The Tourist 1 1/2 stars (out of 4) Rated: PG
As a thriller, The Tourist makes a good travelogue.
It’s as awkward as an unfolded map and as infuriating as a border bureaucrat. If you’re content with watching the beautiful Johnny Depp and Angelina Jolie get chased along the cobblestones of Paris and the canals of Venice, then it fulfills those low eye-candy expectations. The makeup is impeccable; the scenery is pleasing.
In cinematic terms, it’s North by Northwest without the mystery and Charade without the personal chemistry. Which is a disappointment and also somewhat of a shock, given the personnel involved.
Director Florian Henckel von Donnersmarck made The Lives of Others, one of the most thoughtful and unsettling thrillers of the past decade.
He co-wrote The Tourist screenplay, adapting it from a French film, along with two fine writers: Christopher McQuarrie (The Usual Suspects) and Julian Fellowes (Gosford Park, Young Victoria). Why are they now settling for pretty pictures and mediocrity?
You’d also expect more combustion between Jolie and Depp. Instead they strike poses: she dresses and walks like she’s on a fashion runaway; he runs around in his pajamas as if he’s in a Buster Keaton movie.
Jolie is British mystery woman Elise Ward, who is up to something. She’s wanted by Scotland Yard and Interpol, who watch her every move through secret cameras.
Depp is Wisconsin math teacher Frank Tupelo, the tourist of the title. Frank is up to nothing and he’s wanted by nobody — until he gets mixed up with Elise.
Frank is mistaken for Alexander Pearce, a larcenous banker who has stolen $2.3 billion from a vengeful gangster (Steven Berkoff). Wait a second, who’s the real crook here?
Whatever, nobody actually knows what Pearce looks like, including the Scotland Yard sleuth (Paul Bettany) who has been tracking him and Elise for the past year. Even Elise doesn’t seem to have a clue, and she’s Pearce’s ex-lover. The reason proffered for this is frankly ridiculous.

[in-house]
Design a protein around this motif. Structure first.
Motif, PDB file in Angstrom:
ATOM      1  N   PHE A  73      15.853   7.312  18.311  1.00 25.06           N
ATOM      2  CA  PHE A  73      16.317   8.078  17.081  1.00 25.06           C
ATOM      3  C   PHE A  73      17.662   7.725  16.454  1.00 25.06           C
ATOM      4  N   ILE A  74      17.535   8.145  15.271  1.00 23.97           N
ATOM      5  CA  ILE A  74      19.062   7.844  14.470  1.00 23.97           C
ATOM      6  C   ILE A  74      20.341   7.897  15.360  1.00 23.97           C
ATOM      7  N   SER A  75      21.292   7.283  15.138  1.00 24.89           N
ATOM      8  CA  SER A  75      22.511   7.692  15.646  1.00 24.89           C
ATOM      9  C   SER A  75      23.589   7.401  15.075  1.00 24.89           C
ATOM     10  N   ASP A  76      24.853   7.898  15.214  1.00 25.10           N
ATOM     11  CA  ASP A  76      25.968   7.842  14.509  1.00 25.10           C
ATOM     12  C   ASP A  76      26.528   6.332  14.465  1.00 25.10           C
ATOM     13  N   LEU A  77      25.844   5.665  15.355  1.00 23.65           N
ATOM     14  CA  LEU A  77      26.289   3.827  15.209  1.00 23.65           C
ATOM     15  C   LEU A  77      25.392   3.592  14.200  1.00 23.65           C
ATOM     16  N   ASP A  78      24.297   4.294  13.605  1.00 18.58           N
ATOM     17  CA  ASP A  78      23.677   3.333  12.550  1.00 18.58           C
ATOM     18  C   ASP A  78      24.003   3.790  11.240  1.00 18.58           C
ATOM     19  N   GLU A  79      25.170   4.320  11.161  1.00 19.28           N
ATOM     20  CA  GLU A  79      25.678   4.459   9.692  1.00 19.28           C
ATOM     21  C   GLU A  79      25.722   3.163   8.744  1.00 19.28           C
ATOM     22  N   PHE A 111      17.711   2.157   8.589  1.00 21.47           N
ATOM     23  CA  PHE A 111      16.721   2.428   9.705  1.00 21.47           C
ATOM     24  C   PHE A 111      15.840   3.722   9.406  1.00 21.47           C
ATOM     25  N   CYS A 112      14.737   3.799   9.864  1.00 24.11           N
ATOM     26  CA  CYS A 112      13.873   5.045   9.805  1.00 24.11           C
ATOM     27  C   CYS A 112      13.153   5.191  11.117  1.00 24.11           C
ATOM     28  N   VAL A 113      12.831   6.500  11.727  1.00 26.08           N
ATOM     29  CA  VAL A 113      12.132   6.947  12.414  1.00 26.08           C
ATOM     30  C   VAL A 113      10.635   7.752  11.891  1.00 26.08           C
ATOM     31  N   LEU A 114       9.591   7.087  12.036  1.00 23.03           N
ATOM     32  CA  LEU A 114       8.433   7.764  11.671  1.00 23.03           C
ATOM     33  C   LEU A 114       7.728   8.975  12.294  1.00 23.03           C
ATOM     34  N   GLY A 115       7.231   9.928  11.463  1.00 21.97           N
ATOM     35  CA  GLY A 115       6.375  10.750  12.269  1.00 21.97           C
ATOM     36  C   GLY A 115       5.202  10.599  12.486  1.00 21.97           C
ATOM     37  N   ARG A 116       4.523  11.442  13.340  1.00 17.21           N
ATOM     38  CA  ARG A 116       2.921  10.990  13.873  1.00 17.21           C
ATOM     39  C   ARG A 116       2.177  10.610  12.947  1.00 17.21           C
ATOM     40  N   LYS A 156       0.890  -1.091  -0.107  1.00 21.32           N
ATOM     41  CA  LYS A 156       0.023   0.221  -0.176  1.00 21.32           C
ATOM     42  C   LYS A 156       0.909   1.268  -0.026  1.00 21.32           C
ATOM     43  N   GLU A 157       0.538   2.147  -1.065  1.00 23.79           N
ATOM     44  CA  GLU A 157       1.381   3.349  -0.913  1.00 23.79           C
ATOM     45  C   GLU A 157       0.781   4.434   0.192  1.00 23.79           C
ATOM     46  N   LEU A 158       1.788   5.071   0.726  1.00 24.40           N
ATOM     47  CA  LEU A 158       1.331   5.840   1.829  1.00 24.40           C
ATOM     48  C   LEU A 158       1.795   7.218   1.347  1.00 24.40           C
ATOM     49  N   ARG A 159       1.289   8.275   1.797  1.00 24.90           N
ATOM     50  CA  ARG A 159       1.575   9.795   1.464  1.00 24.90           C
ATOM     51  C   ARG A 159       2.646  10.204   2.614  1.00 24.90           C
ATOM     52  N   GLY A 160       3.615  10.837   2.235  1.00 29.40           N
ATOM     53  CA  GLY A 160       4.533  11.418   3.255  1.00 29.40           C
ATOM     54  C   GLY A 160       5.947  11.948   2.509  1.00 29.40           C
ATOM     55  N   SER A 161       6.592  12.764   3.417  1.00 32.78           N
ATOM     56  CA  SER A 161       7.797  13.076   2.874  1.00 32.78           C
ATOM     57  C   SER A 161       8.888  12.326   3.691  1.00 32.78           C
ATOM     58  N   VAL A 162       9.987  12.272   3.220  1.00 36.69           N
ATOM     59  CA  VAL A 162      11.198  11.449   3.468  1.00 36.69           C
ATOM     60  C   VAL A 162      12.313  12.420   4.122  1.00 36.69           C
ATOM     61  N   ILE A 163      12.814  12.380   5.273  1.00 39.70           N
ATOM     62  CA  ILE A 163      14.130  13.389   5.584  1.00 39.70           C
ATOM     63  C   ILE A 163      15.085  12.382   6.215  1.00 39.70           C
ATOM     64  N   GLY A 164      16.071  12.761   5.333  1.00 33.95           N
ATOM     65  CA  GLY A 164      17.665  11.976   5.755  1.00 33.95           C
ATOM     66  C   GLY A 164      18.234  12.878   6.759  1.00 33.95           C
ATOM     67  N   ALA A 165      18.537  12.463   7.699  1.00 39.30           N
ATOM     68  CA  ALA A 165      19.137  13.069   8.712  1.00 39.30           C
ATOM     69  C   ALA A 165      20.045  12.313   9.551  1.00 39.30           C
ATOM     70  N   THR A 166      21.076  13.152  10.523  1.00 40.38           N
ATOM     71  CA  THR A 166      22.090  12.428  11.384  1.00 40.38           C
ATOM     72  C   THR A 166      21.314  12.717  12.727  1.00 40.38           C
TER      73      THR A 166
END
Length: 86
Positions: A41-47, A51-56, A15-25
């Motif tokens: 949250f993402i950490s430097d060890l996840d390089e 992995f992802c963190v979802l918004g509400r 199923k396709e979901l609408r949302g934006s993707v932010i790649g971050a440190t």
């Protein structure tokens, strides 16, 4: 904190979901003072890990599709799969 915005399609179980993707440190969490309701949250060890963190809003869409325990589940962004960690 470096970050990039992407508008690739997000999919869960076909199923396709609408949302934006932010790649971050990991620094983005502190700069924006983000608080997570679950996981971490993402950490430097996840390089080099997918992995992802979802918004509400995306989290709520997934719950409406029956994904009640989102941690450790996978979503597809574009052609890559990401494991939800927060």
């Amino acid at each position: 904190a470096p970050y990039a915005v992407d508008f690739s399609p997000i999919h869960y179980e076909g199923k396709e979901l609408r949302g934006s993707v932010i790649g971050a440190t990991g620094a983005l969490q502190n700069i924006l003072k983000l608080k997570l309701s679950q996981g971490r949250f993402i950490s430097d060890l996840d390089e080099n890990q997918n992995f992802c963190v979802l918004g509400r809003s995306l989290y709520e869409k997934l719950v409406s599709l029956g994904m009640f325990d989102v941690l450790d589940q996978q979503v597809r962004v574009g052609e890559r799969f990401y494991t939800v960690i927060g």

There is banter, none of it memorable: Elise scolds like a shrew and Frank mostly just takes it. Depp amuses by constantly using Spanish words instead of Italian ones, and offering “Bon Jovi” for buon giorno, but it’s small consolation.
There are the requisite action set pieces, where faceless stooges shoot badly at Depp and Jolie while our heroes scamper across rooftops, ride the rails and zip along canals. Here Depp once again mildly amuses, at one point leading a lukewarm pursuit whilst in his jammies.
The script is the main beef. It’s possibly the year’s laziest and most implausible thriller scenario, and that’s saying something in an annus horribilis that also includes the likes of Knight and Day and Killers. Reports of multiple director and cast changes might be the reason.
The Tourist really lives up to its name, though. It looks for all the world as if everybody just felt like going on a fun trip to Europe, and couldn’t be bothered with all the donkey work of making a movie that actually made sense or offered any real thrills.
A fine time was had by all, except the sorry viewer.
Peter Howell is a syndicated movie critic for the Toronto Star.